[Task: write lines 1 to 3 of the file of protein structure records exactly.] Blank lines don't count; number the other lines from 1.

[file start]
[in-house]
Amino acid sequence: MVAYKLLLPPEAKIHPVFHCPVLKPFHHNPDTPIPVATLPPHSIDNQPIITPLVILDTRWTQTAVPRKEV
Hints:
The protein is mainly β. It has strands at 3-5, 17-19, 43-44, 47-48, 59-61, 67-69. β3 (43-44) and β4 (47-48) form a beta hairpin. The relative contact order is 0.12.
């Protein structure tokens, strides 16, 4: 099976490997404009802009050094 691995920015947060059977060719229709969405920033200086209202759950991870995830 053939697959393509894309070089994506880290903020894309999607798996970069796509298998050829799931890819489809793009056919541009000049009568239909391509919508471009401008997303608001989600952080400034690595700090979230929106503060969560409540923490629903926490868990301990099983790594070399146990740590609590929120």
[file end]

[in-house]
Amino acid sequence: MVAYKLLLPPEAKIHPVFHCPVLKPFHHNPDTPIPVATLPPHSIDNQPIITPLVILDTRWTQTAVPRKEV
Hints: